Logic-Based Reasoning in the Framework of Artificial Intelligence

Logic-Based Reasoning in the Framework of Artificial Intelligence

Xenia Naidenova (Military Medical Academy, Russia)
DOI: 10.4018/978-1-60566-810-9.ch002
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Abstract

This chapter focuses on the tasks of knowledge engineering related mainly to knowledge acquisition and modeling integrated logic-based inference. We have overlooked the principal and more important directions of researches that pave the ways to understanding and modeling human plausible (commonsense) reasoning in computers.
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The Tasks Of Knowledge Engineering

Knowledge engineering is the most ancient human activity. Knowledge is necessary for solving even the simplest tasks and for the very life of man. Knowledge is extracted practically from everywhere and by a lot of different methods. Transferring and accumulating knowledge are not possible without the means of natural languages. Furthermore, knowledge is specialized, i.e. it is task-dependent. Inasmuch as the quantity of tasks solved by man is multiplied and knowledge is multiplied. Knowledge engineering covers extracting, collecting, analyzing, modeling, representing, validating, and using knowledge, in general, acquiring and managing knowledge. In our knowledge-driven society, the knowledge engineering systems have their place as an important mainstream technology. Figure 1 illustrates the main components of knowledge engineering.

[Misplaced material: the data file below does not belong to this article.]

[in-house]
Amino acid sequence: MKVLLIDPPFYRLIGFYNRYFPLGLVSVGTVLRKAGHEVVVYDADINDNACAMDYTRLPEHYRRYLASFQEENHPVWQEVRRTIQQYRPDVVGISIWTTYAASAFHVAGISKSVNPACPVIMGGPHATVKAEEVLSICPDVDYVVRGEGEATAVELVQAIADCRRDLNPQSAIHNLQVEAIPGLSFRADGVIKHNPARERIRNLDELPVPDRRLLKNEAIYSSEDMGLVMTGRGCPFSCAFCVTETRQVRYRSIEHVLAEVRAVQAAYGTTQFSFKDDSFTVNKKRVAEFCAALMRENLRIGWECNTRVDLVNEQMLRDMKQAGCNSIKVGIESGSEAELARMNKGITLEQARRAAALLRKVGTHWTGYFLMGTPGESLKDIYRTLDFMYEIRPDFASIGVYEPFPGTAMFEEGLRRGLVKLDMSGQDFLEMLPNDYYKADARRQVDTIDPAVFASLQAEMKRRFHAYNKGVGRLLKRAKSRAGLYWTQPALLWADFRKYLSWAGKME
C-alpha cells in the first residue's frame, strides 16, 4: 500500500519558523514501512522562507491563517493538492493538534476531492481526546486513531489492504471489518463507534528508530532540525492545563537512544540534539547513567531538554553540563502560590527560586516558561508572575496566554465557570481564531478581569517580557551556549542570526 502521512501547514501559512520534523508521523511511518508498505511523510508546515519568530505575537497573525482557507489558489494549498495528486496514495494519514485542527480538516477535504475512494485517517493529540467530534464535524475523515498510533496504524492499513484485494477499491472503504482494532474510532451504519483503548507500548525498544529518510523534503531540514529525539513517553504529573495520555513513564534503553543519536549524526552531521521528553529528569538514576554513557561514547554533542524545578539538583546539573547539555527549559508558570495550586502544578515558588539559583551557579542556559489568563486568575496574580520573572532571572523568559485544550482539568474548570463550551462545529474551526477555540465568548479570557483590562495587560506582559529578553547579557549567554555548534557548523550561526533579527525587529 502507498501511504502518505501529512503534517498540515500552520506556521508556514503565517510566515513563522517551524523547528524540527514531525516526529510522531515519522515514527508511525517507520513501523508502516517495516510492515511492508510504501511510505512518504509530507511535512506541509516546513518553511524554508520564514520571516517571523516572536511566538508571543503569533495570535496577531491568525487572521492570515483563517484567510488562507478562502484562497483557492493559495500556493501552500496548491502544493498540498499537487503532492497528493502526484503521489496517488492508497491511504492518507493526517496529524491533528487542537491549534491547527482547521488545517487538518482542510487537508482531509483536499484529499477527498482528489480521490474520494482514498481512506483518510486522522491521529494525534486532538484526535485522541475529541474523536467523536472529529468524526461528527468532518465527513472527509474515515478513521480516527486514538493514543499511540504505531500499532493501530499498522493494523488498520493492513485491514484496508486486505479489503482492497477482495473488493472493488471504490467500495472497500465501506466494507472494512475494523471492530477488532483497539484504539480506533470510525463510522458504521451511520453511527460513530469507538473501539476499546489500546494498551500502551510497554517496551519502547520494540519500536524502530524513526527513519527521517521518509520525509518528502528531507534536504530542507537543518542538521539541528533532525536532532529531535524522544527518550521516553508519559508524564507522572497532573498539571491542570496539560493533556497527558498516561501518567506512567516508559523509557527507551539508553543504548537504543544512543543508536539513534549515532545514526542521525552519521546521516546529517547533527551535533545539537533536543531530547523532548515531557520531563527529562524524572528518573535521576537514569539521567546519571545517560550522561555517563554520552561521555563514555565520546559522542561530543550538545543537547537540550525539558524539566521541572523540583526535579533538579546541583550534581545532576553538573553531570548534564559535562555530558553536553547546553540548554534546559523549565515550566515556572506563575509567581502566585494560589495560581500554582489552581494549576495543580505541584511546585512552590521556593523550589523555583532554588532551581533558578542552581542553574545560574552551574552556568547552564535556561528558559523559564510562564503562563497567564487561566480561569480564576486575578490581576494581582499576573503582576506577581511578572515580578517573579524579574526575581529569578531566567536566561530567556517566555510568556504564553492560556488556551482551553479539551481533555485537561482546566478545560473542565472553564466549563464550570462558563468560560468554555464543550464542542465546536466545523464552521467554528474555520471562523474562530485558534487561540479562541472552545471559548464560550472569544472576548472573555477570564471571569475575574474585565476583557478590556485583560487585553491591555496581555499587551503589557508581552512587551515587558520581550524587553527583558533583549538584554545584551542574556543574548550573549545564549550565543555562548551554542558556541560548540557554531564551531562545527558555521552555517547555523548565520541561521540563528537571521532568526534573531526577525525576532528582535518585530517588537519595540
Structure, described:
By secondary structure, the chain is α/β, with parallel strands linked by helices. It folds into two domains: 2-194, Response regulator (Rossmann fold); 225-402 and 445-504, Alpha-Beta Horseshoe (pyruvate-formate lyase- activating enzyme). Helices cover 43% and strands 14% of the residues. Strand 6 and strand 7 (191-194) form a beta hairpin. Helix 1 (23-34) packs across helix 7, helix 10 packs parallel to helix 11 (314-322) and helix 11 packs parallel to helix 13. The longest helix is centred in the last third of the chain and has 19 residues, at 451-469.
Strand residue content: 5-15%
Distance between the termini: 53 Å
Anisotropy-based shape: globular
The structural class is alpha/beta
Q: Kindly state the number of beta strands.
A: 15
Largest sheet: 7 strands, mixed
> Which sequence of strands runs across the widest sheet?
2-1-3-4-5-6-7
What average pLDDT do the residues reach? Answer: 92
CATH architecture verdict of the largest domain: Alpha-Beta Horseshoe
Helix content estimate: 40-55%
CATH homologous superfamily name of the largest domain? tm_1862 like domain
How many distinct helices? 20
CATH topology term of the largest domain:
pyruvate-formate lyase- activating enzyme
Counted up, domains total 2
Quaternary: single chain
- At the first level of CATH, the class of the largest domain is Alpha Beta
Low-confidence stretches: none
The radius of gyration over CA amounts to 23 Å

Figure 1.

Constitutive elements of knowledge engineering

An important part of knowledge engineering is the knowledge acquisition the task of which is to extract knowledge from data into the forms that can be used by computers. Knowledge is obtained directly from domain’s specialists (experts) or from the other sources, in which knowledge is potentially contained (texts in natural languages, data banks, images, the Internet and so on).

The stages of knowledge acquisition are actually the stages of intellectual activity on processing the data. The purpose of this work is to understand, what useful information exists in or can be extracted from the data, such as facts, events, situations, and links between them. This process is tightly connected with learning. Figure 2 illustrates the idea that learning is a binding link in knowledge acquisition.

Figure 2.

Learning as a binding unit in knowledge acquisition

We note the following characteristics of knowledge acquisition:

  • 1.

    multi-level

  • 2.

    multi-systemic

  • 3.

    interactive

  • 4.

    learning-based

  • 5.

    purpose-dependent

  • 6.

    task dependent

  • 7.

    continuous

  • 8.

    cyclic (back forward links).

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